That didn't take long, did it?
Shortly after the Washington Capitals dropped their home opener by a score of 4-2 to the Winnipeg Jets, newcomer Mike Ribeiro wasn't shy in making his feelings for the officials known. Ribeiro had just ended the game with a 10-minute misconduct and a 2-minute unsportsmanlike conduct penalty and was feeling chatty about how he thinks the officials are treating him and his teammates.
The year is young but fans, and now players, are quickly growing frustrated with the lack of clarity from NHL officials.
Check out what Ribeiro said following the loss, as reported by Stephen Whyno of the Washington Times.
Mike Ribeiro on officials: "They believe they're like above us or like more power, they feel power, I don't know."— Stephen Whyno (@SWhyno) January 23, 2013
Ribeiro on refs: "I just feel like you're not allowed to talk to them anymore about situations that happens in a game."— Stephen Whyno (@SWhyno) January 23, 2013
Fans, players and coaches alike have been quick to call out NHL officiating this season. Honestly, we can't blame them. The NHL is attempting to crack down on interference this year and as a result have been blowing the whistle on what seems to be a much more regular basis. While we didn't dive in and calculate just how many penalties have been called compared to this stage last season, we are confident that the calls this year have been debated much more heavily due to their nature.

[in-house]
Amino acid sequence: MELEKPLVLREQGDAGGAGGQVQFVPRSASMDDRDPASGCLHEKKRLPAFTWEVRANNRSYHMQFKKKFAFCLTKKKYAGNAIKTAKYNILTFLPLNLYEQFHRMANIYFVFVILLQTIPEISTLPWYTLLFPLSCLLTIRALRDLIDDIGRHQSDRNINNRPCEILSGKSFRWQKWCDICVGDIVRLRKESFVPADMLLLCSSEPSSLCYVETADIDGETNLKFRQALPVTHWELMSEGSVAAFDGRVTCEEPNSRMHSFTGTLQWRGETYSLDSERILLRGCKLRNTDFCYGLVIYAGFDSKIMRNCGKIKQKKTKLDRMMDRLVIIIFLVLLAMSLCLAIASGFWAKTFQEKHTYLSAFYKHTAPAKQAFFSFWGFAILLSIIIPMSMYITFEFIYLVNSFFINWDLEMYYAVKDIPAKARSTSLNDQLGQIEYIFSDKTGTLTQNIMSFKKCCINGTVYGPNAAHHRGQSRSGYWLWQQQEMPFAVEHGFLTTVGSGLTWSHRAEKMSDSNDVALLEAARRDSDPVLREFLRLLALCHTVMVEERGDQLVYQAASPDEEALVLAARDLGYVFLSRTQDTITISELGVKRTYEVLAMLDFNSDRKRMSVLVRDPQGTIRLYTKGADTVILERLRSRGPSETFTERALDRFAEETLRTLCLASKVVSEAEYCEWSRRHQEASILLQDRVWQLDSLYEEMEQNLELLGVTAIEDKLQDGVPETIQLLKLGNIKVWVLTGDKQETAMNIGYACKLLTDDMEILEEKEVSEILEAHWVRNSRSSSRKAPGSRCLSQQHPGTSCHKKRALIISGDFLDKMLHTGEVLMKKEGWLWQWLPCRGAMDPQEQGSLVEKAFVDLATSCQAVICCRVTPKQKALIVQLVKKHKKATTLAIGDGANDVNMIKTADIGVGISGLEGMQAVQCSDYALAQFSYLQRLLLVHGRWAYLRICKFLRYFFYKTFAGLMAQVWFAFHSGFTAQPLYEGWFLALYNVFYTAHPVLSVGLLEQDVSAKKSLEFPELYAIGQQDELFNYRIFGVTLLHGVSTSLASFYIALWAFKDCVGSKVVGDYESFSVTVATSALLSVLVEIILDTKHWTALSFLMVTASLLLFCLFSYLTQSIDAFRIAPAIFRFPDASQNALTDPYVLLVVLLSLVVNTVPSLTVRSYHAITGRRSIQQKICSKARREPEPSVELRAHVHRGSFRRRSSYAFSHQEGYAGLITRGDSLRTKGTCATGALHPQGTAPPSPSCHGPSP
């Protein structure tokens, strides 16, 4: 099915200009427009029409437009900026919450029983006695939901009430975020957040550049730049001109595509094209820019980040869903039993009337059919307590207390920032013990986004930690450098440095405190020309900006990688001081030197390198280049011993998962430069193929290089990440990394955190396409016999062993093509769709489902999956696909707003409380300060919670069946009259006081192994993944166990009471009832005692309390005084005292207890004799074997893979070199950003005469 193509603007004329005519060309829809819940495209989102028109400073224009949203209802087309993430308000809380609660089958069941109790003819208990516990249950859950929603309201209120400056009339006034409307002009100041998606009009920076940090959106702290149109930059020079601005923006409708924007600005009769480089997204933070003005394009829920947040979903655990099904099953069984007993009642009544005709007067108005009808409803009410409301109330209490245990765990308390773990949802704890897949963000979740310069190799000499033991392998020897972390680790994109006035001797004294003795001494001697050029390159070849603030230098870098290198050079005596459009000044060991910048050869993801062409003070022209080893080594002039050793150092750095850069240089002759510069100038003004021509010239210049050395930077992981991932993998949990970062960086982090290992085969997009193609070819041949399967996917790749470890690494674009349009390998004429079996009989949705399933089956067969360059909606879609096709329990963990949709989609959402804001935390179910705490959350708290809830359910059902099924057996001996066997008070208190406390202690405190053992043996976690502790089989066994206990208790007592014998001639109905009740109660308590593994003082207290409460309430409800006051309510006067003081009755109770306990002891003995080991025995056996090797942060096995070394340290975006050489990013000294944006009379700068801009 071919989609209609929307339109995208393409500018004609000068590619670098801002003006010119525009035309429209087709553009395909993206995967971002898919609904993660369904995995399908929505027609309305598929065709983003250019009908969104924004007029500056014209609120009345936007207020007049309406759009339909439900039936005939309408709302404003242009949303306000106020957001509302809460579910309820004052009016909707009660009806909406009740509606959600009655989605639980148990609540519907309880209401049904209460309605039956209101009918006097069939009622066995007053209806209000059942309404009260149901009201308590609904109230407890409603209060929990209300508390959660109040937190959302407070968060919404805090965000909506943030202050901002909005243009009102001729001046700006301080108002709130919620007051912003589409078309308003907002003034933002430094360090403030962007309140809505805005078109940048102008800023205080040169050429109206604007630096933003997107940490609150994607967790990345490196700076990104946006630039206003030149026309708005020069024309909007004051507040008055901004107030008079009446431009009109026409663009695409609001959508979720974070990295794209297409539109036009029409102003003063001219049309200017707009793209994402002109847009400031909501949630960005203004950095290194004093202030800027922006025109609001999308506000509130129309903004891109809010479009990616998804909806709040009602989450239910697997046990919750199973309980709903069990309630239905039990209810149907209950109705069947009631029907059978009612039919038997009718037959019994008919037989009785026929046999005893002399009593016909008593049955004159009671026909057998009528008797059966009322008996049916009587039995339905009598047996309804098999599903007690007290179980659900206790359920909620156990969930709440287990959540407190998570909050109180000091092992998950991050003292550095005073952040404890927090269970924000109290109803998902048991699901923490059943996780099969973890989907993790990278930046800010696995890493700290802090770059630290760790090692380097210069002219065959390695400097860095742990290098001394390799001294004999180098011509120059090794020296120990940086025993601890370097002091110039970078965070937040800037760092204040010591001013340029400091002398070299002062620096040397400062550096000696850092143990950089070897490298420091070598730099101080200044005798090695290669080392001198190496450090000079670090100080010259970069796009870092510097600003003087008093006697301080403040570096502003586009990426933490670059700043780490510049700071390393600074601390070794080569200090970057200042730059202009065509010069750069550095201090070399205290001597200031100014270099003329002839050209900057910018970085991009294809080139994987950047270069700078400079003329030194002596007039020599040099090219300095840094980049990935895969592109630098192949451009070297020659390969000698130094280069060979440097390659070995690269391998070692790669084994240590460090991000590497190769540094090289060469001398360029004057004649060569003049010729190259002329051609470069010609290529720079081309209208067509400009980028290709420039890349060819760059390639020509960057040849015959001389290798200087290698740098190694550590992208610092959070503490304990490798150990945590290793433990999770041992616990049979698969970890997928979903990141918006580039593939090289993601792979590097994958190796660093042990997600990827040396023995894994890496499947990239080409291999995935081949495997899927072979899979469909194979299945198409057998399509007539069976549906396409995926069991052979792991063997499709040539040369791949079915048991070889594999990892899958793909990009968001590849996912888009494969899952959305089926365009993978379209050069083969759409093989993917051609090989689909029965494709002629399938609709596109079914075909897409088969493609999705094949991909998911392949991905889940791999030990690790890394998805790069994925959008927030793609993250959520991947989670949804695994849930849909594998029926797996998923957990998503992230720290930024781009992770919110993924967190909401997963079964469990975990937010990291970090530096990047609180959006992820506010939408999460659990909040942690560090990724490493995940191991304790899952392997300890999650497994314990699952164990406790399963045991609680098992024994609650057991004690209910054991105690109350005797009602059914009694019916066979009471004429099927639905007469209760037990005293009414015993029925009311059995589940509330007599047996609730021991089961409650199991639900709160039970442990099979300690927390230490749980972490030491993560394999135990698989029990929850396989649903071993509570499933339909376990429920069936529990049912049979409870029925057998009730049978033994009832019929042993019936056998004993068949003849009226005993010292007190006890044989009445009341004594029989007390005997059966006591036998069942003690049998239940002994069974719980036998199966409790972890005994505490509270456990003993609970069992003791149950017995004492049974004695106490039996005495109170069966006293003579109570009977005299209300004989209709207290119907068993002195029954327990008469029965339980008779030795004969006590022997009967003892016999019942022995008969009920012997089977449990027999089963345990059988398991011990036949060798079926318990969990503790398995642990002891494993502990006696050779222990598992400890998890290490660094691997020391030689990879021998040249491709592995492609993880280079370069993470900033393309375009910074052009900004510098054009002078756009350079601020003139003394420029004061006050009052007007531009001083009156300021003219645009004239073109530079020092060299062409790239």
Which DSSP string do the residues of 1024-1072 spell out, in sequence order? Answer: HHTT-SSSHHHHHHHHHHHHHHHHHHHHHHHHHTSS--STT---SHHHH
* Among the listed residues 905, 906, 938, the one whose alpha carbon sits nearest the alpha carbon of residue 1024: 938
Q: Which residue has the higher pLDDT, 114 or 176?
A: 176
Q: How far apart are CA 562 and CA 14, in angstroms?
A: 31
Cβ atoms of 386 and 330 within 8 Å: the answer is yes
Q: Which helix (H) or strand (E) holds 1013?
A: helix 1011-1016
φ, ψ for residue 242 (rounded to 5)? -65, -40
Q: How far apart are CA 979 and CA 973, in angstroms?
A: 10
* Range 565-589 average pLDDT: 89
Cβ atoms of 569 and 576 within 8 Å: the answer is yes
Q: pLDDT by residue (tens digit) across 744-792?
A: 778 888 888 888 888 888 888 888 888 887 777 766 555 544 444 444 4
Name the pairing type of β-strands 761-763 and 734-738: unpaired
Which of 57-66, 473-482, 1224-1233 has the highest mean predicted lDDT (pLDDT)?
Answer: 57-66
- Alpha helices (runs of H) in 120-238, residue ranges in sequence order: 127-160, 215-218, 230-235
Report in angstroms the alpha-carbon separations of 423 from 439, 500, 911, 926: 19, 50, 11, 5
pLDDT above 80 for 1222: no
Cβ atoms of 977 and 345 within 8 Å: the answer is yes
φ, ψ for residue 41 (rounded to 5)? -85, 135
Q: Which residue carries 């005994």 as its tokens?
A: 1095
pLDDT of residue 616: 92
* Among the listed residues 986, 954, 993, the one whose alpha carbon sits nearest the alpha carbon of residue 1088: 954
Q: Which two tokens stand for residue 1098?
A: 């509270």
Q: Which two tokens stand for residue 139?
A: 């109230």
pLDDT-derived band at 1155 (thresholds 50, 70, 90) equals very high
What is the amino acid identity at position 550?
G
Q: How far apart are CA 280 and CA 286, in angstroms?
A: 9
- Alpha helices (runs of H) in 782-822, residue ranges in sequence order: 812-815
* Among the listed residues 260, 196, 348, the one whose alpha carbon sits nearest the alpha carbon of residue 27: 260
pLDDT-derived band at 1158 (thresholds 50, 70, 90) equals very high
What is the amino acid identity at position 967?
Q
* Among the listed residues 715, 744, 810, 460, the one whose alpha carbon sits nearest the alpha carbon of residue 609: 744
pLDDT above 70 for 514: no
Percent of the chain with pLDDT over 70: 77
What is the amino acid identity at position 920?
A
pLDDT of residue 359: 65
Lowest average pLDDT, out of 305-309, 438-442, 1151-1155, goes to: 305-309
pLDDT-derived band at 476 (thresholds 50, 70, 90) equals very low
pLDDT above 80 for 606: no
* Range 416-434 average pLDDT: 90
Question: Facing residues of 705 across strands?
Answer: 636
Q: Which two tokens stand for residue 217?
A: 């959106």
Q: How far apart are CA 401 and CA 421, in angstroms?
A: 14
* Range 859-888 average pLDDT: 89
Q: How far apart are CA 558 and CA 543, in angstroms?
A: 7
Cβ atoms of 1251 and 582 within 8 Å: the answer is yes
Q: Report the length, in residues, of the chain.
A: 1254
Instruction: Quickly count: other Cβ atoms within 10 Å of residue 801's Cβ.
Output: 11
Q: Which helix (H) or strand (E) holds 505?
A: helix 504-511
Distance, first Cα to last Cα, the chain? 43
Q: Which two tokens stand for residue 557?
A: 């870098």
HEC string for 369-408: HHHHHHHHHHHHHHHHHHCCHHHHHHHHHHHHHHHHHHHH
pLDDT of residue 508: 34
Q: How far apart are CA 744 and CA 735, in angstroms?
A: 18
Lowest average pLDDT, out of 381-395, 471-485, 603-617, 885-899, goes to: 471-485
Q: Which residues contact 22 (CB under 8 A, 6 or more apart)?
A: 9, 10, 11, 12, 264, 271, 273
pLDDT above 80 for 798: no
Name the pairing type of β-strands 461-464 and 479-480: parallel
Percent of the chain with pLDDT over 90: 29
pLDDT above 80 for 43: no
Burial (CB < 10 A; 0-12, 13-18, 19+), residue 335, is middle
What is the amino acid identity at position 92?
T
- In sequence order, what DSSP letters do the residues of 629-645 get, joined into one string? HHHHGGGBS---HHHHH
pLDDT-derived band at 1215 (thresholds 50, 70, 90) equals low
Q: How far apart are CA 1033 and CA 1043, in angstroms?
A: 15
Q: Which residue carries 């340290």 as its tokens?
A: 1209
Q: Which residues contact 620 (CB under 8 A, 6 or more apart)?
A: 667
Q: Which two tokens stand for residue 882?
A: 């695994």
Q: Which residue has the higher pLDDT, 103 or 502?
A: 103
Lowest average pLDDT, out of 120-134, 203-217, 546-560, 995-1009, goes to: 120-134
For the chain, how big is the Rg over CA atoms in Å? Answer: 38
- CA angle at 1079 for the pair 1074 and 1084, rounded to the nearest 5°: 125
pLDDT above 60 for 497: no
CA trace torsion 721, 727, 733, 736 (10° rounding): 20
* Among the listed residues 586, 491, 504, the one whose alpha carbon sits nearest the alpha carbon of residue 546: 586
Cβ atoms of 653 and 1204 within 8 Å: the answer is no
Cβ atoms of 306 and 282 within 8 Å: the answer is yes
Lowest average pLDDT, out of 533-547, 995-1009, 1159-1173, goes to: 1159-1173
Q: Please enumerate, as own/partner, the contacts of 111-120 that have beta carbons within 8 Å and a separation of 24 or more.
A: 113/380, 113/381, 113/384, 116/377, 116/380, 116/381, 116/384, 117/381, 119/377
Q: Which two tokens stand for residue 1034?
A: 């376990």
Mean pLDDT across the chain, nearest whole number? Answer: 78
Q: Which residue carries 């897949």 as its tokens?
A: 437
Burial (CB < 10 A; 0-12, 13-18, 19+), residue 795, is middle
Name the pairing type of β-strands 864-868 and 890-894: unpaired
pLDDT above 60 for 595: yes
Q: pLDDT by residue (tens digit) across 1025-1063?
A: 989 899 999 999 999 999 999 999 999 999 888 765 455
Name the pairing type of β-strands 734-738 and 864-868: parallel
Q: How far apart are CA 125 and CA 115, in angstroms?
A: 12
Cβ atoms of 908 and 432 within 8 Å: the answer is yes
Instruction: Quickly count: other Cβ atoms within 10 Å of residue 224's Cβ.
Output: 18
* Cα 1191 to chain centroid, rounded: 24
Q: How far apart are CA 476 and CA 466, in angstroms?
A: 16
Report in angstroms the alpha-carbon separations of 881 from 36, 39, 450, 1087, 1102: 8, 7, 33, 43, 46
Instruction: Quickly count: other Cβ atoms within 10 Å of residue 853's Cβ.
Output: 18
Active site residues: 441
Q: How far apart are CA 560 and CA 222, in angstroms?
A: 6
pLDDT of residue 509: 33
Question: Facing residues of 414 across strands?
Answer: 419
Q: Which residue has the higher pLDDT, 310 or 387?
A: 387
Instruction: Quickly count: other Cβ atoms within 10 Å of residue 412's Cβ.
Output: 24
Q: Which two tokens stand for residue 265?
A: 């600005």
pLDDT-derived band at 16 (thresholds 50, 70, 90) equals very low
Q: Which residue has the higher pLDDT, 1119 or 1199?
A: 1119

Interference is being called on plays where players bump each other, even if it's inadvertent. This new problem adds to the existing problems that have plagued NHL officials for ages and it's starting to create some tension with the players and the officials on the ice.
Imagine if you're a player that just took a high stick to the face. The official missed it, leaving you with a bit of anger and probably a pretty sore face. On the following play, you bump your opponent with your body as you both skate to the puck. It was incidental contact that's expected in a hockey game. The officials arm goes up and suddenly you're sitting in the box. Outrageous, right?
Instead of fixing what was already broken, the NHL went and made things even more confusing for those playing and watching the game. The biggest criticism against NHL officiating has been the stunning lack of consistency. The new and improved (highly debatable) push to end interference has only made matters worse. Now it's completely unclear what is a penalty and what isn't. The slightest contact on a 50-50 puck might lead to two minutes while a more direct hit that impedes progress is not. Calling such minute contact in a contact sport is mind-numbingly off target.
Clean up and clarify the original rules we're all familiar with first. Then, and only then, tackle the subject of introducing new interpretations to old rules or introducing new rules to the book.
Unfortunately, according to Ribeiro, talking to the officials is a lost cause. This is an even more troubling issue but we're not positive if this is just the case in Ribeiro's experiences or just due to the specific officiating team that was on the ice.